On Wednesday, June 21, 2017, the U.S. Court of Appeals for the Second Circuit set a new standard in Stadnick v. Vivint Solar, Inc., et al., No. 16-65 when determining whether to disclose interim financial information to investors in the prospectus. The Second Circuit fundamentally departed from the First Circuit’s standard in regards to disclosure in Shaw v. Digital Equipment, 82 F.3d 1194 (1st Cir. 1996).
Robby Shawn Stadnick brought a suit against Vivint Solar, Inc. (a solar energy unit installer) and its underwriters for violations of Sections 11 and 15 of the Securities and Exchange Act of 1933. Stadnick argued that Vivint misled investors by not disclosing their third-quarter financial losses of $40.8 million in the prospectus for the initial public offering. Stadnick additionally alleged that Vivint misled prospective shareholders by not disclosing the regulatory changes in Hawaii and how that could affect the company’s revenue. Stadnick relied on the First Circuit’s decision in Shaw, whereby there is a requirement to disclose information to investors when there is an “extreme departure” from previous quarters, which was the case for Stadnick. Vivint did follow SEC procedure by disclosing financial statements less than 135 days old, but they did not include the last minute loss, which is required under the First Circuit’s standard.
Justice Walker asserted that the “test of Shaw is not the law of [the Second] Circuit” and instead followed the test in DeMaria v. Andersen, 318 F.3d 170 (2d Cir. 2003) (Main Opinion, per Justice Walker p.4). In DeMaria, the Second Circuit explained that a duty to disclose interim financial information in the prospectus arises when “a substantial likelihood that the disclosure of the omitted [information] would have been viewed by the reasonable investor as having significantly altered the ‘total mix’ of information made available” (Justice Walker p.180, per TSC Indus, Inc. v. Northway, Inc., 426 U.S. 438, 449, (1976)).
Due to Vivint’s Hypothetical Liquidation at Book Value (HLBV) method and business model whereby the shareholders income varies each quarter depending on “(1) contributions by investors and (2) transfers of title to the funds that provided the requisite capital”, the measurement of the metrics do not fall under the standard of Shaw (Stadnick, per Justice Walker, p.7). Therefore, the Court concluded that this instance was not a case of “extreme departure” because using this metric does not provide a clear indication of Vivint’s performance. The registration statement of the third-quarter was “consistent with a pattern of fluctuation that began with the first quarter” and a reasonable investor “would not have harbored any solid expectations based on prior performance” especially since Vivint warned investors of such fluctuations (Stadnick, Justice Walker, pp.18-9). In regards to Stadnick’s claims against Vivint for misleading investors about the regulatory changes in Hawaii, the Second Circuit agreed that Vivint provided sufficient warnings in the registration statement that the business was “vulnerable to changing regulations” (Stadnick, Justice Walker, p.21). The Court ultimately confirmed the dismissal of the claims brought pursuant to Sections 11 and 15.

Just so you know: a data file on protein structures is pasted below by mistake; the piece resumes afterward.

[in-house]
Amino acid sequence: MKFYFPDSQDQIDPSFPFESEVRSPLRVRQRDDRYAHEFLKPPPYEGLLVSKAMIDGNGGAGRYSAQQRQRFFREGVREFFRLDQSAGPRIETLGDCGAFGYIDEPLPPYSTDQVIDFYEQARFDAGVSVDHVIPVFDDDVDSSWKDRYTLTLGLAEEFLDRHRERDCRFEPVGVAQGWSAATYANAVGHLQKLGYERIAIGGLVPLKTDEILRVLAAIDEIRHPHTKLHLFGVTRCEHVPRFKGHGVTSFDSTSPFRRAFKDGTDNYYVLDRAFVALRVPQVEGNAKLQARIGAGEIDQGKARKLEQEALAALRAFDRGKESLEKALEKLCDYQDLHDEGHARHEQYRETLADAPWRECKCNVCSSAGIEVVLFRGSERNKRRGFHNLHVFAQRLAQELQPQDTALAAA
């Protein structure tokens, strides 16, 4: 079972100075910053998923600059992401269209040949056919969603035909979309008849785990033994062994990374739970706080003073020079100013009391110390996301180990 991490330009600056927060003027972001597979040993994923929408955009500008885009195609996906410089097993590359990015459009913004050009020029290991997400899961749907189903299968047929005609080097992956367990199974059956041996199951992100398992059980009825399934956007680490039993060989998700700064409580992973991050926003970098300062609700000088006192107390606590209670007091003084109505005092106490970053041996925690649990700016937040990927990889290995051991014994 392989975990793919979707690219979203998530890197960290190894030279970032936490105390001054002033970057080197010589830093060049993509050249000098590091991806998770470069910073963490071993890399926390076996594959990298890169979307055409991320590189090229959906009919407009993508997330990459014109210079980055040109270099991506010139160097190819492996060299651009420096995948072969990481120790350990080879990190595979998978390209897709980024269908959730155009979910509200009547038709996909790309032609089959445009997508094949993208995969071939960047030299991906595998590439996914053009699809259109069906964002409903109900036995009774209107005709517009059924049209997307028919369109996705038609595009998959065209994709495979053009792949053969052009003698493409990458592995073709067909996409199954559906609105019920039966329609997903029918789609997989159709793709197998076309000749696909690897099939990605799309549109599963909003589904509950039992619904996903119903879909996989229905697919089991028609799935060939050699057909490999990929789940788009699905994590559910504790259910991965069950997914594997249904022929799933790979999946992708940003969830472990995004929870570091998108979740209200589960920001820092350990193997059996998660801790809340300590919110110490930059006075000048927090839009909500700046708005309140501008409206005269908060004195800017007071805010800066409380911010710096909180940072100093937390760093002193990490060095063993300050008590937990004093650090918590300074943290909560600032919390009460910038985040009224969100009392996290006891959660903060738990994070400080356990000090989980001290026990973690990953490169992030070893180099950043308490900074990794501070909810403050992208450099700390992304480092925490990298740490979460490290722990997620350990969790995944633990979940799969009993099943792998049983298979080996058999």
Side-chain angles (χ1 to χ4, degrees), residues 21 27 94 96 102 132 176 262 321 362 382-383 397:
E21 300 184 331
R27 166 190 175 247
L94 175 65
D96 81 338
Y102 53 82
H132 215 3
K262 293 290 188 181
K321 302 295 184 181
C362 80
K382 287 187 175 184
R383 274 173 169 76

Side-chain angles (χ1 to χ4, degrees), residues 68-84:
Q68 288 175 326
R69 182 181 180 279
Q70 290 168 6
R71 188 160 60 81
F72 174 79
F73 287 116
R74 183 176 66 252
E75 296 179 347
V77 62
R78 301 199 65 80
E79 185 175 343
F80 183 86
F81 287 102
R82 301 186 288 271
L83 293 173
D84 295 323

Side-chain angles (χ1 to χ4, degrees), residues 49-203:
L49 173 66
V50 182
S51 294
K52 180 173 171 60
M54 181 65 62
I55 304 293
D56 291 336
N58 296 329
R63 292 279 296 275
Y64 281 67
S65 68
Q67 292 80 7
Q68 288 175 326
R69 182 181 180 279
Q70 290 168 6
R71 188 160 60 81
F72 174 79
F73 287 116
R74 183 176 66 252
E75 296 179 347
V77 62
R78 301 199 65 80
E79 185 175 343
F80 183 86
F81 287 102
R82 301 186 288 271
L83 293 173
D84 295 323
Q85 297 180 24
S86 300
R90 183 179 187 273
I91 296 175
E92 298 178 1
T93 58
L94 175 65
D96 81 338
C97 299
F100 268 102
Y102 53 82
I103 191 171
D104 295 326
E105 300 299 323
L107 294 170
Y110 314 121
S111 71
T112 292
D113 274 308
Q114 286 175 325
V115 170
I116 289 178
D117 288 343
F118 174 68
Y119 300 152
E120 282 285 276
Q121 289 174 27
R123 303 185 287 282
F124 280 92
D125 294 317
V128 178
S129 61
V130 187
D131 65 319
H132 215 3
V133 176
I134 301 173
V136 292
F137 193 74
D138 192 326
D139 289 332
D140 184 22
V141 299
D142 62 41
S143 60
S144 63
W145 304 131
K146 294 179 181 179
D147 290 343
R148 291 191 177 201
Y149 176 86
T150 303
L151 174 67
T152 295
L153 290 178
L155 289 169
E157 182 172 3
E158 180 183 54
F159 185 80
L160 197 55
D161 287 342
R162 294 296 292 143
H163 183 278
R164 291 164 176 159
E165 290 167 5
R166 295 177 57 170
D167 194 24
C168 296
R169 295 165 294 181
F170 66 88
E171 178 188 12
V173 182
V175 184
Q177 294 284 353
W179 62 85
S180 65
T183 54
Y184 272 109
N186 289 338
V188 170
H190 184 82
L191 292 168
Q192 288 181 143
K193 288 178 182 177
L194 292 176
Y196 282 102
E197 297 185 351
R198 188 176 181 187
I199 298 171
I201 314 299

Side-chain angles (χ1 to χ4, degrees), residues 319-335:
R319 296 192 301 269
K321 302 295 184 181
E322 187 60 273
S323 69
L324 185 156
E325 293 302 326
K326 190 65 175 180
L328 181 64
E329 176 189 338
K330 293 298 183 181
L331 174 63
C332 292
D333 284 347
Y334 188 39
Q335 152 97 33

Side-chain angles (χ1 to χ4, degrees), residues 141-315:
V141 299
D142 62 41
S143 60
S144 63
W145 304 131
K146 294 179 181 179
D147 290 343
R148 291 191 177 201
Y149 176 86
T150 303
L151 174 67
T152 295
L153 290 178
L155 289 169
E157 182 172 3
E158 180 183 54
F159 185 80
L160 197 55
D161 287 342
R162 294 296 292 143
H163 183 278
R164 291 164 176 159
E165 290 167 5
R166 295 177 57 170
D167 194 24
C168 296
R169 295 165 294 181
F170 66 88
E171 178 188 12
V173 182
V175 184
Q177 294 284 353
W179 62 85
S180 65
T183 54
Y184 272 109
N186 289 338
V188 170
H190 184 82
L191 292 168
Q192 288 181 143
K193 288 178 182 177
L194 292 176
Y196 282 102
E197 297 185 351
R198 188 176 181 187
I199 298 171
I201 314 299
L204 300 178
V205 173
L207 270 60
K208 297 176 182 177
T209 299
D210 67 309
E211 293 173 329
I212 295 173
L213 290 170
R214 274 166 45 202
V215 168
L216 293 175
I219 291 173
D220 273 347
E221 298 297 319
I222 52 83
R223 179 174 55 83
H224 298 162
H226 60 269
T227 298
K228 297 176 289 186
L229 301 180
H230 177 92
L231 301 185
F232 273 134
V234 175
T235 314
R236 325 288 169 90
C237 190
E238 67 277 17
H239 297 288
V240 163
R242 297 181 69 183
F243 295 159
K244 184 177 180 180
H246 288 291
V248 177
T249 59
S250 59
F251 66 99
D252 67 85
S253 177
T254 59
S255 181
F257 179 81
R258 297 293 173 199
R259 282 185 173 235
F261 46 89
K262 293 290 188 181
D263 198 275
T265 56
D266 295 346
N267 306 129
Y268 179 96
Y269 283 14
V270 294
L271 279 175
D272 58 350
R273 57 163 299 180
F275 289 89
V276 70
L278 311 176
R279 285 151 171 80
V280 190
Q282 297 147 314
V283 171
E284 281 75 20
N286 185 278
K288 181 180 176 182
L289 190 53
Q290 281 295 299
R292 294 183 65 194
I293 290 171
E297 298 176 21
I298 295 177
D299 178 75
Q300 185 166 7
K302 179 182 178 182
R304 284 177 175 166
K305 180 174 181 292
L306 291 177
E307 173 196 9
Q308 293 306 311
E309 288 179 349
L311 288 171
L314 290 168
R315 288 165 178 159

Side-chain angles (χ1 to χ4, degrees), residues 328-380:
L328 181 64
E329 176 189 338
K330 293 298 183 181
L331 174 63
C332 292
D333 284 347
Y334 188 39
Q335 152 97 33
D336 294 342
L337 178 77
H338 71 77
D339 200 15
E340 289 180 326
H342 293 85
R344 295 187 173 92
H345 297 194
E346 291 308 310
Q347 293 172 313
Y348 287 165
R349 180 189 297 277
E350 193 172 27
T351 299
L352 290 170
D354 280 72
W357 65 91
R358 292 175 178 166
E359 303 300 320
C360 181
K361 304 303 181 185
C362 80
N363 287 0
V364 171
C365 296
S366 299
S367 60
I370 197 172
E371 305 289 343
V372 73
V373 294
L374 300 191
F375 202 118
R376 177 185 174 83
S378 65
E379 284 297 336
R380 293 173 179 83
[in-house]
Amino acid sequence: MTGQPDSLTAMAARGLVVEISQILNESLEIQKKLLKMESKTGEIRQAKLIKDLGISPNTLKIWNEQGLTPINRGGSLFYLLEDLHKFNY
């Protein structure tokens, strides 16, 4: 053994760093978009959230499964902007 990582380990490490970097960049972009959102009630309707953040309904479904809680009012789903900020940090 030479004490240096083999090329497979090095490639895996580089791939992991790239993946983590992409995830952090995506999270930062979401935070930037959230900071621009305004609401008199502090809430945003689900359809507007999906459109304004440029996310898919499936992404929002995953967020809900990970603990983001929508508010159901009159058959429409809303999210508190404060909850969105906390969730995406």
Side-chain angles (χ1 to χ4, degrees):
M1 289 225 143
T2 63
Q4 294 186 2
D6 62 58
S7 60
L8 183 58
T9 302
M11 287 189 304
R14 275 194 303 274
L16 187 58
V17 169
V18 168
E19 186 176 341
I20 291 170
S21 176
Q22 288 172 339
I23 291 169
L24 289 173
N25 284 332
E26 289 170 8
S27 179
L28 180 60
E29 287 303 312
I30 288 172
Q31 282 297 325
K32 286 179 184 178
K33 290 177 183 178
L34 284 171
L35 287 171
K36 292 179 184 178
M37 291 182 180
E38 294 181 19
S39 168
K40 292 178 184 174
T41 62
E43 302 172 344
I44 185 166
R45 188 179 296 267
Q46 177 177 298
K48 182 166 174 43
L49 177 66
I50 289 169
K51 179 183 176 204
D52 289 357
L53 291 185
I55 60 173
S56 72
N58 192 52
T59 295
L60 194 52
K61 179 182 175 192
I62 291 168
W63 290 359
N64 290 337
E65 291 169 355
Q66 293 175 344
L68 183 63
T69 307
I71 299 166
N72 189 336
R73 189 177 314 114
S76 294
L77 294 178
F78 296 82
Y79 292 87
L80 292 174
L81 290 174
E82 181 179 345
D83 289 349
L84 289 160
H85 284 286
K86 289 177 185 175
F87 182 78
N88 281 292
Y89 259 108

How does this decision alter the behaviors of public companies? Companies need to ensure that they disclose material information and assess when they have a duty to disclose interim financial information. It is important to make sure the metrics are consistent with previous quarters, and when there is an “extreme departure” (not necessarily in the sense of Shaw), that the information is disclosed in the prospectus.